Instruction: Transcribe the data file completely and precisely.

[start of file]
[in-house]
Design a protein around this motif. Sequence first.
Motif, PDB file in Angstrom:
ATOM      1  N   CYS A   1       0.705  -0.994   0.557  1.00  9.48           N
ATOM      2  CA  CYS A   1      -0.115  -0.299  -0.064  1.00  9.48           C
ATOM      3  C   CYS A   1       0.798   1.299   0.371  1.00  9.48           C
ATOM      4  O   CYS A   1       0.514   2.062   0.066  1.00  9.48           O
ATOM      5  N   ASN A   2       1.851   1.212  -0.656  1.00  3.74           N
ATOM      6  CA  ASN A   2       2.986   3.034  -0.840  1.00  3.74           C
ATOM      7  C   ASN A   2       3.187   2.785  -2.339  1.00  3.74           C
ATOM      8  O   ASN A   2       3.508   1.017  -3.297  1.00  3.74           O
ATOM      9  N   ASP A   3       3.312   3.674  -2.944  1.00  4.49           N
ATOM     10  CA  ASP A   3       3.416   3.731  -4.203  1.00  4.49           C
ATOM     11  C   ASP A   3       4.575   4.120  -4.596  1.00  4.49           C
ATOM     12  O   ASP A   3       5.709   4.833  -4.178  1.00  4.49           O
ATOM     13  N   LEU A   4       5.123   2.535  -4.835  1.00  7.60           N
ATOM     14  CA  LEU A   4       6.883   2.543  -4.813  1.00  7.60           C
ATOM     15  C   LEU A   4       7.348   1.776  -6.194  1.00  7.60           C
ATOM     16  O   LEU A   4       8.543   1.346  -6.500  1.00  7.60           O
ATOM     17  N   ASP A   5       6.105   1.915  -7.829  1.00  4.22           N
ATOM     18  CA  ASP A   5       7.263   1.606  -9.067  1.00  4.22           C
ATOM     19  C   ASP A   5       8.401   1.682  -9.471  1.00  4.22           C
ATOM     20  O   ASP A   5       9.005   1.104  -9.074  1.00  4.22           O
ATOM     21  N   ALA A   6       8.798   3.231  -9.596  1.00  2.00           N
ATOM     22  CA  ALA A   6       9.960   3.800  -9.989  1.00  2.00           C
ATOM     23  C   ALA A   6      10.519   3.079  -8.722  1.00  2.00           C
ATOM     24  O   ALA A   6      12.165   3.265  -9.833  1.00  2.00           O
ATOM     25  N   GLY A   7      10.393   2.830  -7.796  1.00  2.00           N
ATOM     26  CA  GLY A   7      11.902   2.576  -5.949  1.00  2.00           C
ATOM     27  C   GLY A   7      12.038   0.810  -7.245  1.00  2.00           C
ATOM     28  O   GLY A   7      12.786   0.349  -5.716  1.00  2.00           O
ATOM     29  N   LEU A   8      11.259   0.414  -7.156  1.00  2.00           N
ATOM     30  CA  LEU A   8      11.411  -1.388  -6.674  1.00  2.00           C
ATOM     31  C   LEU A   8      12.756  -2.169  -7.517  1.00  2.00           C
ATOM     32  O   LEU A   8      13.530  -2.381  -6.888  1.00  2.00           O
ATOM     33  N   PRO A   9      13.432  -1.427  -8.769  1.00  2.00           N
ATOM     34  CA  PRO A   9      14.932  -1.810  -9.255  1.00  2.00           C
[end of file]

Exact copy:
[in-house]
Design a protein around this motif. Sequence first.
Motif, PDB file in Angstrom:
ATOM      1  N   CYS A   1       0.705  -0.994   0.557  1.00  9.48           N
ATOM      2  CA  CYS A   1      -0.115  -0.299  -0.064  1.00  9.48           C
ATOM      3  C   CYS A   1       0.798   1.299   0.371  1.00  9.48           C
ATOM      4  O   CYS A   1       0.514   2.062   0.066  1.00  9.48           O
ATOM      5  N   ASN A   2       1.851   1.212  -0.656  1.00  3.74           N
ATOM      6  CA  ASN A   2       2.986   3.034  -0.840  1.00  3.74           C
ATOM      7  C   ASN A   2       3.187   2.785  -2.339  1.00  3.74           C
ATOM      8  O   ASN A   2       3.508   1.017  -3.297  1.00  3.74           O
ATOM      9  N   ASP A   3       3.312   3.674  -2.944  1.00  4.49           N
ATOM     10  CA  ASP A   3       3.416   3.731  -4.203  1.00  4.49           C
ATOM     11  C   ASP A   3       4.575   4.120  -4.596  1.00  4.49           C
ATOM     12  O   ASP A   3       5.709   4.833  -4.178  1.00  4.49           O
ATOM     13  N   LEU A   4       5.123   2.535  -4.835  1.00  7.60           N
ATOM     14  CA  LEU A   4       6.883   2.543  -4.813  1.00  7.60           C
ATOM     15  C   LEU A   4       7.348   1.776  -6.194  1.00  7.60           C
ATOM     16  O   LEU A   4       8.543   1.346  -6.500  1.00  7.60           O
ATOM     17  N   ASP A   5       6.105   1.915  -7.829  1.00  4.22           N
ATOM     18  CA  ASP A   5       7.263   1.606  -9.067  1.00  4.22           C
ATOM     19  C   ASP A   5       8.401   1.682  -9.471  1.00  4.22           C
ATOM     20  O   ASP A   5       9.005   1.104  -9.074  1.00  4.22           O
ATOM     21  N   ALA A   6       8.798   3.231  -9.596  1.00  2.00           N
ATOM     22  CA  ALA A   6       9.960   3.800  -9.989  1.00  2.00           C
ATOM     23  C   ALA A   6      10.519   3.079  -8.722  1.00  2.00           C
ATOM     24  O   ALA A   6      12.165   3.265  -9.833  1.00  2.00           O
ATOM     25  N   GLY A   7      10.393   2.830  -7.796  1.00  2.00           N
ATOM     26  CA  GLY A   7      11.902   2.576  -5.949  1.00  2.00           C
ATOM     27  C   GLY A   7      12.038   0.810  -7.245  1.00  2.00           C
ATOM     28  O   GLY A   7      12.786   0.349  -5.716  1.00  2.00           O
ATOM     29  N   LEU A   8      11.259   0.414  -7.156  1.00  2.00           N
ATOM     30  CA  LEU A   8      11.411  -1.388  -6.674  1.00  2.00           C
ATOM     31  C   LEU A   8      12.756  -2.169  -7.517  1.00  2.00           C
ATOM     32  O   LEU A   8      13.530  -2.381  -6.888  1.00  2.00           O
ATOM     33  N   PRO A   9      13.432  -1.427  -8.769  1.00  2.00           N
ATOM     34  CA  PRO A   9      14.932  -1.810  -9.255  1.00  2.00           C